One of my best chess tactics

I consider this to be one of my better chess tactics.  Of course, we have seen Grandmasters like Bobby Fischer make similar moves, so chess masters probably consider this to be pretty routine.


The Reason People Don't Get Better At Chess According to Ben Finegold

As a chess YouTuber, Ben Finegold is not my favorite.  His presentation is just not as interesting.  He seems rather casual, less informative, and cocky.  

However, I like the point he makes here, which is that people suck at chess because they blunder and don't learn from their mistakes. 

He is only partially correct.  People try to learn from their mistakes, but they do so by just playing.  It is repeated trial and error.  People don't retain information this way, although if a person played a great deal then they would make progress up to a point, which I think would be around the 1700-1800 level.  It is difficult to get better than this without some serious study.

So the way I learn from my mistakes is that I analyze as many of my games as I have time for, and I have a system for reviewing my past mistakes.  This takes much time, and maybe some people would feel that the time would be better spent just playing.

I strongly believe that studying tactics is critical.  There were specific tactics that I studied that took me from 1800 to 1900, and then a different group of tactics that took me from 1900 to 2000.  I studied tactics 30 minutes a day almost without fail, which meant that I spent hundreds of hours studying tactics.  However, this is something I haven't had time for lately, so my most recent goal is to study tactics for 20 minutes per day.


Some of my chess lesson material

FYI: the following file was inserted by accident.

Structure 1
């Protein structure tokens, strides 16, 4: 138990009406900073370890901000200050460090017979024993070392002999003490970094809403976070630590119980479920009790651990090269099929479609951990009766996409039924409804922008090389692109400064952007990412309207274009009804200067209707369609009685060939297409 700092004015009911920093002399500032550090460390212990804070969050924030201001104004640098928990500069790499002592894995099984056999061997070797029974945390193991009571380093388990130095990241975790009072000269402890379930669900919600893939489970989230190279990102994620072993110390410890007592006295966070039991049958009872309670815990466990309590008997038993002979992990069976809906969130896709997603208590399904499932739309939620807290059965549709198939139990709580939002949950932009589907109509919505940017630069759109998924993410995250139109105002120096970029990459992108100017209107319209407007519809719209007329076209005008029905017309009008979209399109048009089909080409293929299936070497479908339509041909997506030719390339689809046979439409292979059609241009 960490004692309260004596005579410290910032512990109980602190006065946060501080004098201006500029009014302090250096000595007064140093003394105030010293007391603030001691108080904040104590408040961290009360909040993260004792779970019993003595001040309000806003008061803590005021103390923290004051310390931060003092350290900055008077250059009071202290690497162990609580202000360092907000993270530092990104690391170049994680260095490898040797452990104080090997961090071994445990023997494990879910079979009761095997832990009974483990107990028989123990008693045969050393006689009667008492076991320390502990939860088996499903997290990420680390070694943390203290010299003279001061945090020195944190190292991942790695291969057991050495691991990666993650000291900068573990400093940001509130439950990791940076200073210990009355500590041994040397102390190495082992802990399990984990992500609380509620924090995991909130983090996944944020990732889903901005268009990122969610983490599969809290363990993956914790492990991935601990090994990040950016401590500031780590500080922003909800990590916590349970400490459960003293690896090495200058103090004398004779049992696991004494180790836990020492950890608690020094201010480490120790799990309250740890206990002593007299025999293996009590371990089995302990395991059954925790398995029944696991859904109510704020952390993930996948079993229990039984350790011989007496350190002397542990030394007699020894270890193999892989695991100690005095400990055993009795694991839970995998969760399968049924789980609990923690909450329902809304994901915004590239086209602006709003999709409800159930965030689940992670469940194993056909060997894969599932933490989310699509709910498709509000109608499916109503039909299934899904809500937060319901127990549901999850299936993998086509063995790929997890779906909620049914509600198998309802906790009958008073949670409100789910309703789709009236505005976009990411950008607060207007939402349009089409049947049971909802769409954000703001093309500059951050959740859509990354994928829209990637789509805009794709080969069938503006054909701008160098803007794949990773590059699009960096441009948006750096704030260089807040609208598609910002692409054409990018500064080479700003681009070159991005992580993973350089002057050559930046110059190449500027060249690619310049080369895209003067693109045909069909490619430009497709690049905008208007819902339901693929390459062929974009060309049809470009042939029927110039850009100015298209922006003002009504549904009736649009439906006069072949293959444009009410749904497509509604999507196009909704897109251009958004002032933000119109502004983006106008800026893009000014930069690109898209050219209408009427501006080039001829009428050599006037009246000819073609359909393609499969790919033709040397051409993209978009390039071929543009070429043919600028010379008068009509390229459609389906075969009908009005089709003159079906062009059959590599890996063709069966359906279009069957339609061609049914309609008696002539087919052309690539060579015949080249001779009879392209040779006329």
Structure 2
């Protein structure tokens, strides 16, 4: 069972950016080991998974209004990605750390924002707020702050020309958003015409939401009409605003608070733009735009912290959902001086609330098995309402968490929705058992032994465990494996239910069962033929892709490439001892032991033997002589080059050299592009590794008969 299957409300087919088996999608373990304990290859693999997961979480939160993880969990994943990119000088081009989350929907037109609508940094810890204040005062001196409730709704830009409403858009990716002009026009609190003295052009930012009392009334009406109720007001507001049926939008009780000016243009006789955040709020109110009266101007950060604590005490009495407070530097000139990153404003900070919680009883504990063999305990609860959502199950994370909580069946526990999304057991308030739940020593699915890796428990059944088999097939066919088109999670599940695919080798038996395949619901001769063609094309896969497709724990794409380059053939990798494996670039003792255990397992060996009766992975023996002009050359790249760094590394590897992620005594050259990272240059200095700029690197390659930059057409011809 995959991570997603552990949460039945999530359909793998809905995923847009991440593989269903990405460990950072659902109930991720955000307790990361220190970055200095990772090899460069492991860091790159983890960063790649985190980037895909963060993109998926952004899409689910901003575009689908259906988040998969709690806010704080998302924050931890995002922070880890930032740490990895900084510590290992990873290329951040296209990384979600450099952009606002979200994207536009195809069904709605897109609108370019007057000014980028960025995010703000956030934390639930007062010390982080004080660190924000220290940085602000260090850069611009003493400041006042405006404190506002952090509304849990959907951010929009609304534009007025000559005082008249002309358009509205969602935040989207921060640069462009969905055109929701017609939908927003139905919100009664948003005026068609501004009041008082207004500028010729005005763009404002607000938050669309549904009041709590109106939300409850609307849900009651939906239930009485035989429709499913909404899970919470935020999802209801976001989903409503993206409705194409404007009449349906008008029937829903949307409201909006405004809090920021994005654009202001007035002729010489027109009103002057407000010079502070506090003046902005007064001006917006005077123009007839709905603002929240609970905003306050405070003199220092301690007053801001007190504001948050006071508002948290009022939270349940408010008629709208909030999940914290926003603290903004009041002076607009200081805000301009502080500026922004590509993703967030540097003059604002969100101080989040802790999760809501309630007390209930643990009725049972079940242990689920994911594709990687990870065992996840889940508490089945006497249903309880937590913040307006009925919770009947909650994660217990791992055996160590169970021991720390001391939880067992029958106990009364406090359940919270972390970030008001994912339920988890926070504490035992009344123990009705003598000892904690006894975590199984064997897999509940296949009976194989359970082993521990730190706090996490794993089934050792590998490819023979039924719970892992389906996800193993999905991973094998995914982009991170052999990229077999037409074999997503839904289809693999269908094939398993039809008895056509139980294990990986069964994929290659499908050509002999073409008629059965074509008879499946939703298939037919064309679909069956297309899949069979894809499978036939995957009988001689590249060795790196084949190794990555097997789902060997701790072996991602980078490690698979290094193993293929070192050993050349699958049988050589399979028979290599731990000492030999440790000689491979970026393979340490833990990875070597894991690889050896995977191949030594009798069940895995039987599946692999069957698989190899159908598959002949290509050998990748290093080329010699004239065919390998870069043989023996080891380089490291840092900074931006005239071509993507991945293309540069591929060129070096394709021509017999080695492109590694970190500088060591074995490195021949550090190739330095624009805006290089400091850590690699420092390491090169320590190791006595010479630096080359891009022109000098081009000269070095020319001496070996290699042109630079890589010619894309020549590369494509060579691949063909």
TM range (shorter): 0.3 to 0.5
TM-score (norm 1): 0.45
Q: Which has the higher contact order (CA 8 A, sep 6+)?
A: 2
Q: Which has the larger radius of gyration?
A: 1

The theme of today's lesson is that a person can often get a winning advantage right out of the opening.

---------- Forwarded message ---------
From: John Coffey <john2001plus@gmail.com>
Date: Sun, Nov 5, 2023 at 3:31 PM
Subject: Chess Games from face to face chess lesson plus bonus material
To: John T

This is the first game that I suggest learning by rote:
This game is about weaknesses:

Second game:
This is about Development and Initiative:
Another game to study:

Third game:
This is about tactics:

Another game that I showed to illustrate this idea:

[Event "Columbus Chess Club"]
[Site "Lewellen Center"]
[Date "Nov 2, 2023"]
[Round "3"]
[White "John Coffey"]
[Black "NN"]
[Result "1-0"]

1. Nf3 d5 2. d4 Nf6 3. c4 c6 4. Nc3 Bf5 5. cxd5 cxd5 6. Qb3 b6 7. Ne5 e6 8. Bg5
Be7 9. e4 dxe4 10. Bxf6 Bxf6 11. Bb5+ Ke7 12. Qb4+ Qd6 13. Qxd6+ Kxd6 14. Nxf7+
Ke7 15. Nxh8 Bxd4 16. O-O a6 17. Ba4 b5 18. Bc2 Nc6 19. Bxe4 Bxe4 20. Nxe4 Rf8
21. Rac1 Rc8 22. Rfd1 Bxb2 23. Rc2 Bf6 24. Nd6

This is an opening trap that everyone should know, even if it wasn't part of our lessons.

In addition to this, in the Queen's gambit accepted, if Black tries to accept the gambit and hold onto the pawn, it is always bad:

This is a speed game I lost in Utah in the 1990s.

Why 50% of Players Could Be Cheating